The Biodiesel World News

Fresh Updates and News on Bio Diesel and Renewable Fuel Products and Industry

US- Bid to ban ILUC defeated in committee

A bill that would have banned the EPA from taking into account the impact of indirect land use changes in bio-fuel emissions was defeated by 36-20 by the House Energy and Commerce Committee on Wednesday, Dow Jones reports.

A Republican Representative for Nebraska had tried adding the measure to a climate change bill that appears likely to be passed by the Committee. “There's no way you can reasonably say that bio-fuels production and the effect on a forest in South America or Indonesia or anywhere else is related,” he said.

Meanwhile, the Chairman of the House Agriculture Committee said adding an ILUC ban to the climate change bill is unlikely to work as it would probably be taken out before the final legislation is passed, Congress Daily reports. He expects the climate change bill to be sent to his panel in June but reiterated that he has a long list of issues that must be addressed before he would consider backing climate change legislation, and top of his list is passage of a renewable fuel standard measure he introduced last week to repeal the provision on ILUC impact on bio-fuel emissions.

Inside EPA Weekly Report adds that the industry is pushing amendments to the House climate bill to boost the use of bio-fuels and wants to add the ILUC ban. The industry also intends to push the bill (HR 2409) sponsored by the House Agriculture Committee Chairman (mentioned above).

There is a suggestion that bio-fuel producers could use a cap and trade system, enabling them to qualify for allowances or offsets if they use biotechnology that reduces their carbon emissions.

Ambassadors from the EU, Canada, Brazil and Chile called on US Congress to close immediately a US tax loophole used by paper makers that distorts world pulp markets and violates trade rules, Reuters reports. A tax credit designed to boost bio-fuel use has been an unintended windfall for US paper manufacturers, who stand to receive up to US$8 billion in 2009, the ambassadors said. “From a legal perspective, it is clear that this tax credit amounts to an actionable subsidy and that any adverse effects ... could be subject to remedies in the (World Trade Organization) or through domestic countervailing duty investigations,” they warned. At issue is a by-product called "black liquor," produced when wood is processed into pulp to make paper: last year, paper makers started to add small amounts of diesel to it and to claim the bio-diesel tax credit.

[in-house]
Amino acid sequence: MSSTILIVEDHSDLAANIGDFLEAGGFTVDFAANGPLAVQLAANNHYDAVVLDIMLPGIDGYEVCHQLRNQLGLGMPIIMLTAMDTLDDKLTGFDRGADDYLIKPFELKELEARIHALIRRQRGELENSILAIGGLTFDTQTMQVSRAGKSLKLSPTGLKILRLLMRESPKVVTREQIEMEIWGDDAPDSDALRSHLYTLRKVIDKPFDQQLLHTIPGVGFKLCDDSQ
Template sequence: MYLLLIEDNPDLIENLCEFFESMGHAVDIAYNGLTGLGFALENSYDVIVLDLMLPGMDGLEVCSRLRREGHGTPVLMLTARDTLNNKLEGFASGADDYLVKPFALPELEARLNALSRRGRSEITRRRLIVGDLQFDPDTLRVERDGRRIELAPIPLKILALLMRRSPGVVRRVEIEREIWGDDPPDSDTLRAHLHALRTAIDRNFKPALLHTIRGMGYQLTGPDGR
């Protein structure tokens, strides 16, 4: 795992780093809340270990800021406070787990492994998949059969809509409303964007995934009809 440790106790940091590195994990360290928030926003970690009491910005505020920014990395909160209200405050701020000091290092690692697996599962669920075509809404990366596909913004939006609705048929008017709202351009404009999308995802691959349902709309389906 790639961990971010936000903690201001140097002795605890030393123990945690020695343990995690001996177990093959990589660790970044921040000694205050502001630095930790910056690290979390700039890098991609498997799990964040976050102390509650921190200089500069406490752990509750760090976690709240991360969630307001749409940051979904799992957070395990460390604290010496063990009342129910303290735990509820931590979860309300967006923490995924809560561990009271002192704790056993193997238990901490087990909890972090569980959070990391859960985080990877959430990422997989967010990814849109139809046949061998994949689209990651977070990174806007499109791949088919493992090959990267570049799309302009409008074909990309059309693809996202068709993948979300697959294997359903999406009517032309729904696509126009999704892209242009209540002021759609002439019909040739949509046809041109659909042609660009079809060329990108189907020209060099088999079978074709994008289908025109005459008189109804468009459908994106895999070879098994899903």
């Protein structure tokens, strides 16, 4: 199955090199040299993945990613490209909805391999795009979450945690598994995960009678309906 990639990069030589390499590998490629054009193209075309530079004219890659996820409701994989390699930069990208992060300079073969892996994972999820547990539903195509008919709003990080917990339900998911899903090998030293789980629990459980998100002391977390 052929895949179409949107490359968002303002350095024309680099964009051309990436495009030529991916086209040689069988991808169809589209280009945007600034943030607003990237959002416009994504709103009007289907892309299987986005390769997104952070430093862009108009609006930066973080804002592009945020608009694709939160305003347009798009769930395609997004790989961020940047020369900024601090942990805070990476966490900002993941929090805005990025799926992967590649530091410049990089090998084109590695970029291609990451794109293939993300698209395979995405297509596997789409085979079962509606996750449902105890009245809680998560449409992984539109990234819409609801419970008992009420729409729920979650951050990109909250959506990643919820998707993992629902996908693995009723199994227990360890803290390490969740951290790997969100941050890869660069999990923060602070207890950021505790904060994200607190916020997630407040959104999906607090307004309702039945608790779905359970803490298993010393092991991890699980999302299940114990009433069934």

A new study has found that Styrofoam can be used to increase bio-diesel power output, New Zealand Transport Intelligence Briefing reports. Iowa State University researchers found that by dissolving polystyrene packing peanuts in bio-diesel, scientists were able to increase the power output of the fuel, while finding a solution to disposing of the material at the same time. They dissolved Styrofoam into bio-diesel at a concentration of 2 to 20%, and discovered that while plastic does not break down easily in petroleum-based diesel, it breaks down almost instantly in bio-diesel. When they tested the polystyrene-bio-diesel blend in a tractor engine, they found power output increased as polystyrene concentrations increased up to 5% but tailed off after that.

New Generation Biofuels Holdings, Inc has signed a bio-fuel sales contract with the Tri Gas and Oil Co Inc of Federalsburg, Maryland, to market and distribute NGB bio-fuel, PR Newswire reports. Under terms of the contract, Tri Gas and Oil will endeavour to sell up to 1 million gallons in the first year of a three-year contract.(May 21, 2009)


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